Legislation that will make small-scale DAB multiplexes a permanent part of the UK's digital radio landscape is reaching its final hurdles in Parliament.
The Broadcasting (Radio Multiplex Services) Bill 2016-17 will reach Committee Stage in the House of Lords on Tuesday 14th March, after a smooth passage through the House of Commons, and two readings in the House of Lords. Assuming the Bill continues to pass through Parliament unopposed, it will reach the House of Lords report stage and may become an Act of Parliament before Easter.
On Tuesday, the House of Lords will take a line-by-line examination of the Bill, which will ultimately enable Ofcom to issue long-term licences for small-scale DAB multiplexes, and licence small-scale DAB multiplexes beyond the ten locations where the technology has been trialed since 2015.
Small-scale DAB aims to make it possible for more community and niche stations to launch on the terrestrial digital radio platform, using mostly low powered transmitters to cover a smaller area than traditional DAB multiplexes.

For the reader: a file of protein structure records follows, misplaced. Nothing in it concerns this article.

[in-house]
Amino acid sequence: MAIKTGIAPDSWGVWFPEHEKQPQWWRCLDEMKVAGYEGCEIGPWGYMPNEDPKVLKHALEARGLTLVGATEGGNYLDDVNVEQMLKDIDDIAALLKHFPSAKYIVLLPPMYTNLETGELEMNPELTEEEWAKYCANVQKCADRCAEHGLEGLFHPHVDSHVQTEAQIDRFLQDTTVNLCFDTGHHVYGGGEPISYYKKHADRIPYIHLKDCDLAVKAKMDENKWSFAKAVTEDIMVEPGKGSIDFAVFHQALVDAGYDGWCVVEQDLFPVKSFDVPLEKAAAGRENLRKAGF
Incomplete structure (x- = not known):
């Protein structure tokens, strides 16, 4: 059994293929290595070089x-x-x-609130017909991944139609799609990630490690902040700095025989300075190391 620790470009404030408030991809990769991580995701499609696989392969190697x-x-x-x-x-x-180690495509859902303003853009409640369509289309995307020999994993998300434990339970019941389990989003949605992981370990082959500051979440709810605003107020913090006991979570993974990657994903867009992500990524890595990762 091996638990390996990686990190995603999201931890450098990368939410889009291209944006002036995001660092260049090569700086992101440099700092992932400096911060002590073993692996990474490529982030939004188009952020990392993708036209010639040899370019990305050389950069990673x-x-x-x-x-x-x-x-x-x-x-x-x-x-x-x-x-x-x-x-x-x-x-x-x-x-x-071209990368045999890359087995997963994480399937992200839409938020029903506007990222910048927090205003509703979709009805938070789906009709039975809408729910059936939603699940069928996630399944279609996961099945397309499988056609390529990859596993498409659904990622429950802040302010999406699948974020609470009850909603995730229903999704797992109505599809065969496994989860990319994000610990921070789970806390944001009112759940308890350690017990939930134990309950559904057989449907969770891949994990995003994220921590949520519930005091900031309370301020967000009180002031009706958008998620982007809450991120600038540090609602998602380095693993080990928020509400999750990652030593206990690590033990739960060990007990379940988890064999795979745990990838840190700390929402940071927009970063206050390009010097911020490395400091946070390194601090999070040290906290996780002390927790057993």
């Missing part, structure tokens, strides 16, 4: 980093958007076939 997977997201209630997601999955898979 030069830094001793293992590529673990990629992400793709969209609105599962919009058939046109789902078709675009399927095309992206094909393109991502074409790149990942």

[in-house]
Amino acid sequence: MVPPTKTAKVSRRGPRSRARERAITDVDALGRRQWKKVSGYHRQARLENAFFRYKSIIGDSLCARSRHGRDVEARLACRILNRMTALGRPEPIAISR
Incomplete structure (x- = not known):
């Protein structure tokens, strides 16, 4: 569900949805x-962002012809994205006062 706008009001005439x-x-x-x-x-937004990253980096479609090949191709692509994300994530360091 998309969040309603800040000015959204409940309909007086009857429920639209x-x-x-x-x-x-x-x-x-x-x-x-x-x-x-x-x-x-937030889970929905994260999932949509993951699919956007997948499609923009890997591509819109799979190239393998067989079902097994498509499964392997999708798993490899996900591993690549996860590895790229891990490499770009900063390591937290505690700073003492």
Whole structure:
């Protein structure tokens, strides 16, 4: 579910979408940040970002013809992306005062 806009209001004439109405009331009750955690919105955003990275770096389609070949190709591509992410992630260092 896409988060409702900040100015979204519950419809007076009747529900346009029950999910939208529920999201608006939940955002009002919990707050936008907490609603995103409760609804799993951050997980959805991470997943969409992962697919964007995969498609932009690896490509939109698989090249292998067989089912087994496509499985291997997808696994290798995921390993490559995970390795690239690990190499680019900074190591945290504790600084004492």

Since the trial multiplexes launched in 2015, they have been at the forefront of new DAB technology: Earlier this month, Brighton's trial small-scale DAB multiplex became the first UK multiplex to switch entirely to the newer DAB+ standard, which opens up multiplexes to more users and enables stereo transmissions at lower bitrates. The Portsmouth multiplex led the way in introducing DAB slide show functionality across its stations, enabling viewers to see information slides containing news, information and playlist details on compatible DAB radios. And Manchester's small-scale DAB multiplex has seen high demand by new and niche stations wanting to get a foothold onto DAB digital radio. The demand for capacity on Manchester's small-scale DAB multiplex has been used in the industry as justification for lobbying for a permanent second multiplex serving the area.